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Australian politician mistakes Islam for country; gaffes go viral

By Faith Karimi, CNN
August 12, 2013 -- Updated 1406 GMT (2206 HKT)
Stephanie Banister had been running as a candidate in the parliamentary elections in Australia next month.
Stephanie Banister had been running as a candidate in the parliamentary elections in Australia next month.
STORY HIGHLIGHTS
  • Stephanie Banister was a candidate for a seat in Rankin, Queensland
  • Not anymore -- after she made religious and political gaffes
  • She later accused a television station of editing out her comments

(CNN) -- A candidate in Australia's parliamentary elections referred to Islam as a country. As a result, she's now referred to as a former candidate.

Stephanie Banister, a 27-year-old welder running for a seat in Rankin, Queensland, unleashed a series of blunders during an interview with CNN affiliate 7 News.

"I don't oppose Islam as a country, but I do feel that their laws should not be welcome here in Australia," Banister said.

Then she added: "Less than 2% of Australians follow haram." It is unclear whether she meant the Muslim holy book, the Quran. Haram refers to things that are forbidden under Islamic law.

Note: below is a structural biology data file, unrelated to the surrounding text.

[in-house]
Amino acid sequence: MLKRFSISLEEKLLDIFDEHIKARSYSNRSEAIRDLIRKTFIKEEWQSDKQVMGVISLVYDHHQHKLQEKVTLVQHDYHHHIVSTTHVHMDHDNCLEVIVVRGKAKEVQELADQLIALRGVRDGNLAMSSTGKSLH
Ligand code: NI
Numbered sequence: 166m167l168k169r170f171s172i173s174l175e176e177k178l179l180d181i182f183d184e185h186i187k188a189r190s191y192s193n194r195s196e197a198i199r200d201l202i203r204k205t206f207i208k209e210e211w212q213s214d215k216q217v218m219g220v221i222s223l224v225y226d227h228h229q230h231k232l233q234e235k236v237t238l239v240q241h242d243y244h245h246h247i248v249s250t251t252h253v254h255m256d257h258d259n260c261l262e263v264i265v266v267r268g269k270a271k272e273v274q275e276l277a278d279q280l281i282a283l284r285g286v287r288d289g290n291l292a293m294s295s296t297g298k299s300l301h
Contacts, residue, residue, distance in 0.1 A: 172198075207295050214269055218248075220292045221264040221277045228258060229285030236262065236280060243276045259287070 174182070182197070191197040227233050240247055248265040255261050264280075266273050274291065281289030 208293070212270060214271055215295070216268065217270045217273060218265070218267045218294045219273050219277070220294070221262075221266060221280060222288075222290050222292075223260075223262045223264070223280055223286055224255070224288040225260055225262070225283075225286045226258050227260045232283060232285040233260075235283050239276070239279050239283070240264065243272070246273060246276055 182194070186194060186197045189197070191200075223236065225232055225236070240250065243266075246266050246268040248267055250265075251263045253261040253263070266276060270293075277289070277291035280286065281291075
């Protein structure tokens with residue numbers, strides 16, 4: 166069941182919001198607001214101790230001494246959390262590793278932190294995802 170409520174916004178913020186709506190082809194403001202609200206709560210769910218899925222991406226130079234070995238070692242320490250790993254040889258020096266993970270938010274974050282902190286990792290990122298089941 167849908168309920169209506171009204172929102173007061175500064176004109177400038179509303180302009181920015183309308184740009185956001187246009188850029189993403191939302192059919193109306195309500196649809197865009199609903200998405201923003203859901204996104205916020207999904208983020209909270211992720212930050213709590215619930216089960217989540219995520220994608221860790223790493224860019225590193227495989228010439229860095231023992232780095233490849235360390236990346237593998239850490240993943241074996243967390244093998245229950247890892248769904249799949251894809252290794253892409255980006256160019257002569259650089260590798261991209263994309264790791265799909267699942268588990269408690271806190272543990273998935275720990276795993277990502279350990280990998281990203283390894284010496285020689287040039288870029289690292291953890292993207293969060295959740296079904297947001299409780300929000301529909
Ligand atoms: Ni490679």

As if that's not enough, she got her religions all mixed up.

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"Jews aren't under haram, they have their own religion which follows Jesus Christ," she said.

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Judaism is based on the old testament, which predates the birth of Jesus Christ.

Her blunders, though, were not limited to religion.

She said the Australian national disability insurance scheme was "working at the moment." It is not set to begin until 2016, according to 7 News.

Banister was a candidate for the anti-immigration One Nation party in next month's elections. The interview gained her worldwide notoriety -- with commentators describing her as the "Australian Sarah Palin."

Palin, who was on Republican John McCain's ticket in the 2008 presidential election and is a former governor of Alaska, is known for her blunders. During the campaign, she once cited Russia's proximity to Alaska as bolstering her foreign policy credentials.

It's unclear when Banister's interview was aired, but it went viral soon after. She accused the affiliate of editing out numerous phrases where she corrected herself and said "Islamic countries."

"With the way Channel Seven edited my interview, I was left quite the fool," Banister said.

On Saturday, the mother of two withdrew from the race, citing threats to her family.

Her campaign lasted a total of 48 hours.

Opinion: Why gaffes are good for us

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